Thursday 19 July 2018

Onto the Llangollen but only just.

On Sunday Chris and I went to partake of my birthday present from her.  Chris had bought me an hour on a flight simulator used by commercial pilots.  I was to fly a Boeing 737-NG from Manchester to Gatwick in the simulation.  I used to have the Microsoft flight simulator on my PC for many years and so could not resist the chance to see what the real thing was like.

My co-Pilot is actually a commercial pilot instructor and he helped me to get to grips with the aircraft.  I managed a perfect take off and we followed the flight plan to Gatwick without too much ado.  My landing was a little bumpy, well quite bumpy, but at least I did not crash!  Have to say I thoroughly enjoyed the experience.

Relief after landing without crashing.

I had been asked to tow a boat from Tattenhall to Nantwich marina and I had agreed, so on wednesday we roped up nb Jenny via short crossover straps and set off.  Jenny's engine had been flooded in a lock accident and water got into it totally destroying it.  I enlisted our friend Graham to help out and he really enjoyed the experience.

It was a long day and we had a few exciting moments along the way.  The first at Iron lock.  This lock can only take one boat at a time so we locked AmyJo through without problem but when we returned to Jenny she had drifted onto the bank and was hard aground.  It took nearly an hour to free her and then we bow hauled her through the lock.  Good job there were no boats waiting!

Graham following behind in Jenny

The next problem was just before Tilstone lock.  As we had gone through Beeston Stone Lock we decided to leave the boats breasted up, however, rounding a bend we were confronted by a dense bush blocking half the canal.  We quickly untied Jenny and let her though under her own momentum but when I followed with AmyJo she ran aground.  It took two or three attempts to get past the bush.  After that and with Bunbury Locks ahead we put Jenny back on the cross straps astern.

Last locks of the day, Bunbury, from here it is plain sailing to Nantwich.
With the help of the volunteer locky we got through Bunbury without a hitch much to the enjoyment of American gongoozlers who watched on with interest, cameras clicking way.

This morning, having delivered Jenny we watered and dieseled up then got ready to leave.  It was a bit tight winding at the end of the arm and a family, just getting ready to leave on the day boat, were treated to a very close up view of AmyJo's Bow fender much to the children's delight yelling "Prepare to repel boarders" and scuttling about their boat like mad pirates  (wish I'd been flying the Jolly Roger).  Fortunately there was just enough room to get AmyJo round without too much problem and we left with the young pirates celebrating their victory.

nb Jenny safely delivered

It was a short run to Hurlston Junction.  As we approached a gent mooring up asked if we intended to go up the locks and we indicated we did indeed intended to.  He informed us his boat had got stuck halfway in the bottom lock and at 6' 10" wide he informed us he was surprised.  The locky had refused to let him continue as a result.  He was most upset about this as he had travelled the entire system and the Llangollen canal was the last one he had to do.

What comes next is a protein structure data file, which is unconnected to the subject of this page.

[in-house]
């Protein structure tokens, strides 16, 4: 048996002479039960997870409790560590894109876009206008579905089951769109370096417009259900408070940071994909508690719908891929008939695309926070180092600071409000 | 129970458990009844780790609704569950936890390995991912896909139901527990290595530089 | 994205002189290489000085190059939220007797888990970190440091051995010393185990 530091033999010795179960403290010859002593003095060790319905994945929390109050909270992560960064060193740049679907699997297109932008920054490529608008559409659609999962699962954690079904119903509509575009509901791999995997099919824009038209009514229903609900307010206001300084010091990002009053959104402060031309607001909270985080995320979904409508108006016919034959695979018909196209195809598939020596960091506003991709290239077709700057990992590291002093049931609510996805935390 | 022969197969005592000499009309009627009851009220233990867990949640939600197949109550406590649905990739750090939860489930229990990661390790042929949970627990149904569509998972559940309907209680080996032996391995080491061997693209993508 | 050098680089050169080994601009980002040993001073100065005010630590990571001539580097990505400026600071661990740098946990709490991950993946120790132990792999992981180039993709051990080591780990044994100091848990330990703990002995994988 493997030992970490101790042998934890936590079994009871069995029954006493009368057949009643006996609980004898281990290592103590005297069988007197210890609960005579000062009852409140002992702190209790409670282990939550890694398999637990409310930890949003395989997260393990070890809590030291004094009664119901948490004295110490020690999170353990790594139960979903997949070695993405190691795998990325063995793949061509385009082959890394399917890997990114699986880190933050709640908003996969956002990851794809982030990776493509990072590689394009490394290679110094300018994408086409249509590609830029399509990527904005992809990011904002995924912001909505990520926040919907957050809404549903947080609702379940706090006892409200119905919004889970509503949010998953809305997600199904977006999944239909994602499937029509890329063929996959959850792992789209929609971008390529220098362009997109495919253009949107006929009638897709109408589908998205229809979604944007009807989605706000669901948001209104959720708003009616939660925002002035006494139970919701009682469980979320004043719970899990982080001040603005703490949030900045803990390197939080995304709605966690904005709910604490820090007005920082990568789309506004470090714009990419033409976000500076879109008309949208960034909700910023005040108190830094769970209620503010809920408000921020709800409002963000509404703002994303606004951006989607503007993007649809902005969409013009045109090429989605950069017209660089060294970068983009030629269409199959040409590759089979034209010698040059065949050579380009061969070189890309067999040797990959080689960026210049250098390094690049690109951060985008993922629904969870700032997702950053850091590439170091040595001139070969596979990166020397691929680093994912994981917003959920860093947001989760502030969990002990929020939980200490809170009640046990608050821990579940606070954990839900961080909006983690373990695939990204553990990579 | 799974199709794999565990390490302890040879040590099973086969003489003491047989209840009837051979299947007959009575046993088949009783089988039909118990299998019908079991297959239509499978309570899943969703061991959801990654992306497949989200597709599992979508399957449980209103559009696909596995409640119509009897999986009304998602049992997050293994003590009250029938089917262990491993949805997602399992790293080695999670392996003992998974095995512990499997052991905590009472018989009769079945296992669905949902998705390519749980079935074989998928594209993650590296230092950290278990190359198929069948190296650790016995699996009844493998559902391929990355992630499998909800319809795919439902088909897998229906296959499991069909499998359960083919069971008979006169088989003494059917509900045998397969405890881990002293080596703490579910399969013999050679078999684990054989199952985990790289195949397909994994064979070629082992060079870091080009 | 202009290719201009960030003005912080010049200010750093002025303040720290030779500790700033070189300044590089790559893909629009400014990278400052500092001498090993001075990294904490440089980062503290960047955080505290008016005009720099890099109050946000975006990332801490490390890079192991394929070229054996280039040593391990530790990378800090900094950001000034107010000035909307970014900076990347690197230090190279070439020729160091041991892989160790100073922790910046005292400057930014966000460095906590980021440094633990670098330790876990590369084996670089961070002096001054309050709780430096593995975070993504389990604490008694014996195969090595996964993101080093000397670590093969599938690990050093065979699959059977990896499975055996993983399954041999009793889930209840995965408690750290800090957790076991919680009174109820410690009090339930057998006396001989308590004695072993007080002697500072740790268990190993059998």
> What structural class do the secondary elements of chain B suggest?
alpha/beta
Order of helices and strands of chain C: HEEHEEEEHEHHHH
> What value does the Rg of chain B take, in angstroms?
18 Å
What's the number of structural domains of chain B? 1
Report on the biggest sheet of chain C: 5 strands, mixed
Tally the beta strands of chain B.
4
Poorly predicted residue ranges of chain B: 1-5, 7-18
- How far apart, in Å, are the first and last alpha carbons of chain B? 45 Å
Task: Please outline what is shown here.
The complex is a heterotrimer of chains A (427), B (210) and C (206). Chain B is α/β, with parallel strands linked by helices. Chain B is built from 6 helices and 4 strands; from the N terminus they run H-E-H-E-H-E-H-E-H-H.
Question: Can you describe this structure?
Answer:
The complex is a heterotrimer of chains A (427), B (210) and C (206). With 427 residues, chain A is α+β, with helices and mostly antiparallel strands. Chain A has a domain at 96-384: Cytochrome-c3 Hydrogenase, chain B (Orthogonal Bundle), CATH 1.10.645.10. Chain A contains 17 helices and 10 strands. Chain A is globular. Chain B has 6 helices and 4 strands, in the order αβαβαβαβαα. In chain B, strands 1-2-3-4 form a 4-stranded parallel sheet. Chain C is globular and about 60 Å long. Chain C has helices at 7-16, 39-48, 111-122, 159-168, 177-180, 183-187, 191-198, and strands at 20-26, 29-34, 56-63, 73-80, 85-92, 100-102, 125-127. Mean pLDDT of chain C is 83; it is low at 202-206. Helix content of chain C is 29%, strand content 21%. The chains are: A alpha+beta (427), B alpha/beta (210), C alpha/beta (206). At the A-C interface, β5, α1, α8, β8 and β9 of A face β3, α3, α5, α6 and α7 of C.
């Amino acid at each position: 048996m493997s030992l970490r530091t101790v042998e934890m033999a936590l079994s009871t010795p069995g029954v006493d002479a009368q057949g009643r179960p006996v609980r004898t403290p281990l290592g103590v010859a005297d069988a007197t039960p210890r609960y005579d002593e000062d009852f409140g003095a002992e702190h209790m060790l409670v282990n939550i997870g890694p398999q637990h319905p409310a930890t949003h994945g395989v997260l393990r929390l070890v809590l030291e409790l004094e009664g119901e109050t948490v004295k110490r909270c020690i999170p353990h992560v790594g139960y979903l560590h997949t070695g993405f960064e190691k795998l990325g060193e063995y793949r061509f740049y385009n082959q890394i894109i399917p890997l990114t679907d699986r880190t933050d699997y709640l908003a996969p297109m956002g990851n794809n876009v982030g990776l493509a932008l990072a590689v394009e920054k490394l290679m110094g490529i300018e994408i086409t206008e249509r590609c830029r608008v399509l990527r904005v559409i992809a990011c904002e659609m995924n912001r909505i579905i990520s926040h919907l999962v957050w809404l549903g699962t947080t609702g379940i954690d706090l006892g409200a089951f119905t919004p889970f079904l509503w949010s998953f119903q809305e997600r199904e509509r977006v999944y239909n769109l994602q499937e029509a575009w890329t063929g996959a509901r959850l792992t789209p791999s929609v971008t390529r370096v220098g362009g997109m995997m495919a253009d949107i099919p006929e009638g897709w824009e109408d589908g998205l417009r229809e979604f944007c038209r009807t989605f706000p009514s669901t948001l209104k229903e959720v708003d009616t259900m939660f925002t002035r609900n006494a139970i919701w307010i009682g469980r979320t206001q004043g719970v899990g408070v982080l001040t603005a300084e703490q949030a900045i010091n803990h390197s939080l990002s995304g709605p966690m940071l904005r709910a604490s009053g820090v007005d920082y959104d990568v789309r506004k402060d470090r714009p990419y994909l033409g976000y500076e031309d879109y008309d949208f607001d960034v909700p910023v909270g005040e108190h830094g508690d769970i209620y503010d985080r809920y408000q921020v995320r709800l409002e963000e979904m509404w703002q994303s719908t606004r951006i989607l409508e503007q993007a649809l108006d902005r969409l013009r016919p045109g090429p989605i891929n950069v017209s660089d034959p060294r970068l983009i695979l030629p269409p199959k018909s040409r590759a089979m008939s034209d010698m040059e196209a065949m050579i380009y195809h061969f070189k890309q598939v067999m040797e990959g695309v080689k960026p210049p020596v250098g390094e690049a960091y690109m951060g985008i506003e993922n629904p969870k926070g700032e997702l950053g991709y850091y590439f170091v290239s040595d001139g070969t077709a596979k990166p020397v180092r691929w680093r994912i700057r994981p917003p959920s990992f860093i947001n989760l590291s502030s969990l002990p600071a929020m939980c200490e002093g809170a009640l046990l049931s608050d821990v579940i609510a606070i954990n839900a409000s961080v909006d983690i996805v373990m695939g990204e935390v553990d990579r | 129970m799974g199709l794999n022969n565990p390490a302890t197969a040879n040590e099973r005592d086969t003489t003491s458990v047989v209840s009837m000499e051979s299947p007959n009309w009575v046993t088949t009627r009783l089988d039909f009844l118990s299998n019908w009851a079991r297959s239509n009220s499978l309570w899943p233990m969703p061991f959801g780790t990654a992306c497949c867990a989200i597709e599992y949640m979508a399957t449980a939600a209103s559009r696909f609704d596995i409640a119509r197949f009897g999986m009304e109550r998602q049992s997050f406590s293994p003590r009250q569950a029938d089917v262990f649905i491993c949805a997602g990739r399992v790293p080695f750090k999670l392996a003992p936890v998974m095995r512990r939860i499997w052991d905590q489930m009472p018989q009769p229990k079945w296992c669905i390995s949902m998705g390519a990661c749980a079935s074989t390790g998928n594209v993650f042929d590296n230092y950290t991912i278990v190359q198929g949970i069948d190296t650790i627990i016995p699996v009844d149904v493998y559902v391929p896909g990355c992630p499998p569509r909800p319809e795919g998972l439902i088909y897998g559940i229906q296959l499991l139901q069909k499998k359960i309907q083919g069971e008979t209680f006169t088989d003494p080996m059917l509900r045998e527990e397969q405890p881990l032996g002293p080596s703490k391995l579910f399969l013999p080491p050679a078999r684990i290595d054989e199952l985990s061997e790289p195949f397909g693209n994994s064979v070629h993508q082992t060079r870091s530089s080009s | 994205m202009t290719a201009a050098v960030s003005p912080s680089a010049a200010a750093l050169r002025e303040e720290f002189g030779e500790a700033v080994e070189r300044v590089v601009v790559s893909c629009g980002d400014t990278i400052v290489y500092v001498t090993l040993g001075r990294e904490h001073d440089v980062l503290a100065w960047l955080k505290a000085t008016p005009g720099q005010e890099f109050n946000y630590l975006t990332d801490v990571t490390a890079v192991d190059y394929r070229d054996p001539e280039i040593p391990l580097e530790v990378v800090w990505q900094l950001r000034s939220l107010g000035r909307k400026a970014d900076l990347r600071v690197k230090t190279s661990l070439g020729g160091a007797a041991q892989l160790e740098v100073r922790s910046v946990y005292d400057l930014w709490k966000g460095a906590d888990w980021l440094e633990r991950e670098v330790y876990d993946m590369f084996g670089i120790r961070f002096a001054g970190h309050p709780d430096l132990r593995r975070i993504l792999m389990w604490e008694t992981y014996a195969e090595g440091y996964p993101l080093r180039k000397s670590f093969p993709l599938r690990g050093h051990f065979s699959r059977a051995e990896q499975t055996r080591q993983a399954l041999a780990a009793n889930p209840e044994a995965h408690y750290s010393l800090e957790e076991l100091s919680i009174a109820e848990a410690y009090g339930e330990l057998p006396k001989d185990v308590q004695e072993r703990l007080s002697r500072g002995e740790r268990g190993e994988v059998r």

We know AmyJo is 6'10" wide so with trepidation I krept her into the open lock ever so gently.  Thankfully she went all the way in though it looked extremely tight.  I reckon the gents boat was wider than he thought.

Entering Hurlston bottom lock with great caution
The problem with the bottom lock is the wall is bowing in and C&RT have plans to repair it in the winter, however, for now they are digging sumps to try to drain off water trapped behind the wall to ease the pressure on it.

Before raising the lock level I got chris to check with the locky if it was OK to ascend.  His answer was if your in the lock fully you should be fine.  We still took it gently only half opening one paddle.  We both kept a good watch on the gunnels but to our relief AmyJo rose without getting stuck.

You can see just how tight it is in the lock from this angle.

 The good news was AmyJo now sat free in a full lock, but, the bad news was a tupperware cruiser was jammed solid in the lock above.  Apparently its irate owner was being rather nasty to the lock keeper and insisted he could get up the locks.  He'd already got jammed in the bottom lock, had been asked not to proceed, ignored the locky, and now was jammed tight in the next.  

The errant cruiser holding everyone up.
 We waited patiently in the bottom lock until 30 minutes later they eventually got free by losing a wooden rubbing strake and plenty of fibreglass.

The rest of the climb went uneventfully.  We then had a pleasant cruise through Burland and are now moored in the middle of nowhere on a delightful stretch in the sun. 

This chap passed us with a pair of dog ends (not book ends sic) on the back of his boat

Finally an update on Smudge and his broken leg.  He has now had his stitches out and the wound has healed nicely.  Only problem we have now is he has returned to his usual exuberant self.  Trying to keep him from running and jumping on and off the furniture is nigh on impossible.  He has even resorted to sneaking out through the cratch cover if he thinks we're not watching.

The little scamp trying to escape but got caught out by mum.
Total distance:15 miles Elapsed time:13 hours Locks:12 Bridges:40 
Average speed:1.27 mph (1.94 lock/mph) 

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